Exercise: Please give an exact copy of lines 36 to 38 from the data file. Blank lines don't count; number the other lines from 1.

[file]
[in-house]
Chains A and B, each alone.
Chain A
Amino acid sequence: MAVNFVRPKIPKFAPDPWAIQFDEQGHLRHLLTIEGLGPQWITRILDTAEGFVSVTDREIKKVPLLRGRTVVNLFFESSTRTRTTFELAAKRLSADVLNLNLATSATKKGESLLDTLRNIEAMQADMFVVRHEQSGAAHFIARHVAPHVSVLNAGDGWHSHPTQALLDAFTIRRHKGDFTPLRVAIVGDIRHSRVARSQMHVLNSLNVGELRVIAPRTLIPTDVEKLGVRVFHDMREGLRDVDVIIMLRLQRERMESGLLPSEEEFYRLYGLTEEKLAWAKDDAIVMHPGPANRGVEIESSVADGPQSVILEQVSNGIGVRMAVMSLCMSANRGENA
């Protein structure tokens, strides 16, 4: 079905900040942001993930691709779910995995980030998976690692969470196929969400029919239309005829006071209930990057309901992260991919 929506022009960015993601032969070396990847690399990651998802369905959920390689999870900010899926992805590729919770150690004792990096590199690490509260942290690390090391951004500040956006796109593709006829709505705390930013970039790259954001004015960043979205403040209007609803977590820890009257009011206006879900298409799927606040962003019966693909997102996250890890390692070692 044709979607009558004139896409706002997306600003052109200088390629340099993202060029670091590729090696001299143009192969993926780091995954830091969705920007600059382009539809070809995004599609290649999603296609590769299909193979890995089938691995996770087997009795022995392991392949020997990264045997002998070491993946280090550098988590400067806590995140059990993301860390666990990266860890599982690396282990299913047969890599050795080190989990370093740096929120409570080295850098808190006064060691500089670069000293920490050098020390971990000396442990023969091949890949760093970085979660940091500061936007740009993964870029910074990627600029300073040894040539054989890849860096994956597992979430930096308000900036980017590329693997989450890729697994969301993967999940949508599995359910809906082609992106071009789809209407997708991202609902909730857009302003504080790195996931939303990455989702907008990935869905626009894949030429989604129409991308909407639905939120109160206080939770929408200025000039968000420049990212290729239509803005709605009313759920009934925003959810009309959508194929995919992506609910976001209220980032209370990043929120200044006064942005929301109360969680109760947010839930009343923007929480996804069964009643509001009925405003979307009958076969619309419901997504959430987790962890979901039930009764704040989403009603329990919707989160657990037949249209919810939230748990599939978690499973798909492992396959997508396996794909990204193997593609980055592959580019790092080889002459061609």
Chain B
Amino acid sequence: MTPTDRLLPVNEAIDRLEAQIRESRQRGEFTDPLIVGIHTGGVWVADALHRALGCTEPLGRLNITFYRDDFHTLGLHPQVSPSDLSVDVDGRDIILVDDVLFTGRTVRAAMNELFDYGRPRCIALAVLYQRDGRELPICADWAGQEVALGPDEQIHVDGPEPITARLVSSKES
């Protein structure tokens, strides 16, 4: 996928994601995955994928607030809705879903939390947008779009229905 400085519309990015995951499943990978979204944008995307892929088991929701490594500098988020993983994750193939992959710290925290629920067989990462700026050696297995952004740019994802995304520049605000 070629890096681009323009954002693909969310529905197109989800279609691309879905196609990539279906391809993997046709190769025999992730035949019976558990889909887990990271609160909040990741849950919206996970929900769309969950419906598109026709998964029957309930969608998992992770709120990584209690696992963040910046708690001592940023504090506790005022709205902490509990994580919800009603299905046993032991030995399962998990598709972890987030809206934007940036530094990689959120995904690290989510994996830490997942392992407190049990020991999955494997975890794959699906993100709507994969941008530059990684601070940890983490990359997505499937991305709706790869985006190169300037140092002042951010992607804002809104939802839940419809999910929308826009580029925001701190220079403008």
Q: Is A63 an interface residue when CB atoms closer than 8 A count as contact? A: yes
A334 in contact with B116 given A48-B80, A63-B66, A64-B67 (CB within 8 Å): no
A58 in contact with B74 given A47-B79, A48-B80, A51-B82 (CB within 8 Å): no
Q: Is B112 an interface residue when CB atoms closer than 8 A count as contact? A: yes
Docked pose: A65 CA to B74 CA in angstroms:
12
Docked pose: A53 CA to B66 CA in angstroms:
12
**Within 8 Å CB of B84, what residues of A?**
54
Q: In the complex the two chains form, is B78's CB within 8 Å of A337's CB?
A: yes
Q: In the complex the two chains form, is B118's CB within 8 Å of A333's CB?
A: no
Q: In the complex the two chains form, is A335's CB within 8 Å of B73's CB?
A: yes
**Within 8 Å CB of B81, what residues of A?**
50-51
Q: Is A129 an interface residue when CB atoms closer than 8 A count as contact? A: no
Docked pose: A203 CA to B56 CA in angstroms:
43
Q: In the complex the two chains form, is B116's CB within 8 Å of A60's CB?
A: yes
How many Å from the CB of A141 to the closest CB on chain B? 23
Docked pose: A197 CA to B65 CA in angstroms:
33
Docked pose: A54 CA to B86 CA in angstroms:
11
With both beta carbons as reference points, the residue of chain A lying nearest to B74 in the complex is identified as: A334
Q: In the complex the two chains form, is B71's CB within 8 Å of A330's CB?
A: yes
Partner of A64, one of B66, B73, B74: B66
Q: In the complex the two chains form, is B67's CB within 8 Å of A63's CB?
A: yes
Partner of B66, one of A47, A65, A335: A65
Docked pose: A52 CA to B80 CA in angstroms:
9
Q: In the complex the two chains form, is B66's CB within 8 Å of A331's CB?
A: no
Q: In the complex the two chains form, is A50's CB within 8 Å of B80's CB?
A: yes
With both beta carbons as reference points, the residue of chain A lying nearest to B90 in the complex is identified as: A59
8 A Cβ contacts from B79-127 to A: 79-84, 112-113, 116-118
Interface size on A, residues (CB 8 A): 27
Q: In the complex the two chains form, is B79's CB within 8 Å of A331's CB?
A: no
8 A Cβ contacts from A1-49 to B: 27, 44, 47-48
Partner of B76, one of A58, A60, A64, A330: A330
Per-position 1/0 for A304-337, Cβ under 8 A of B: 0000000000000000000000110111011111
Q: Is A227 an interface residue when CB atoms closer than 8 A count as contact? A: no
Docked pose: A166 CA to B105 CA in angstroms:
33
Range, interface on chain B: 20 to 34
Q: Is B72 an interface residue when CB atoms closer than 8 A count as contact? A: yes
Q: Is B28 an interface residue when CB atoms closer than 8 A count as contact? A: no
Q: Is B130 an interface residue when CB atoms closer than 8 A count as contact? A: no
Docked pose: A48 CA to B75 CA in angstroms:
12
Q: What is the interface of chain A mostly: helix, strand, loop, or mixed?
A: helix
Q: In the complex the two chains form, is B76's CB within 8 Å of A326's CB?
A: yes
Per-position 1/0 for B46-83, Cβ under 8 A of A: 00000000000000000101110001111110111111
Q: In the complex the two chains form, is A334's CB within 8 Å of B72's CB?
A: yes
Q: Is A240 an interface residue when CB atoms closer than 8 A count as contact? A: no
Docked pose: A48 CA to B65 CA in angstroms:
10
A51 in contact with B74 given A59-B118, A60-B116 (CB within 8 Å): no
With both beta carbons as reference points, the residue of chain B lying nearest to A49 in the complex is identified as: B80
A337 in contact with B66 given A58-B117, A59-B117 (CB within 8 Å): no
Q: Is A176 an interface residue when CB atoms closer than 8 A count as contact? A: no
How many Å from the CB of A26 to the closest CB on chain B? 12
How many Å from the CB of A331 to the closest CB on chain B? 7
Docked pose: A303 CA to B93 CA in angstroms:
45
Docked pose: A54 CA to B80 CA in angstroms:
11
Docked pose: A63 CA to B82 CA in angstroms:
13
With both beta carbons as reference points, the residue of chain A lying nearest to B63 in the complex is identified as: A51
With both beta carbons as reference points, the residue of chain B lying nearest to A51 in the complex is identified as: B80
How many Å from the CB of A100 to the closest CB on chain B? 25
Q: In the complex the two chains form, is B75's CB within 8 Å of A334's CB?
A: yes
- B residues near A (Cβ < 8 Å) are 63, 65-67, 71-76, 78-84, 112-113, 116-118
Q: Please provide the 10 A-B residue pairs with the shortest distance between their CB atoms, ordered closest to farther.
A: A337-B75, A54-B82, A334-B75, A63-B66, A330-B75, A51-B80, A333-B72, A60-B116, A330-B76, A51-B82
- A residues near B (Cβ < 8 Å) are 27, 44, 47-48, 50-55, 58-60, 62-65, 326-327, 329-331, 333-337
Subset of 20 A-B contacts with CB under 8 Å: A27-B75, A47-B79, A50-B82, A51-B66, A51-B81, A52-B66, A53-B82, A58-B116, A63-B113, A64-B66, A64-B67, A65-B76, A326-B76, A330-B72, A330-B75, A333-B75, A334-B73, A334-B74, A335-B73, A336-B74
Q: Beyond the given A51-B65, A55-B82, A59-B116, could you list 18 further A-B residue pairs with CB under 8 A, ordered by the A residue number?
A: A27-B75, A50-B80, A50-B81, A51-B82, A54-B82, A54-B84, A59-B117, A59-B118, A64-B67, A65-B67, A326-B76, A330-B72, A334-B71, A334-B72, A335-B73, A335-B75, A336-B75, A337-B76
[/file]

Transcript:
11
With both beta carbons as reference points, the residue of chain A lying nearest to B74 in the complex is identified as: A334
Q: In the complex the two chains form, is B71's CB within 8 Å of A330's CB?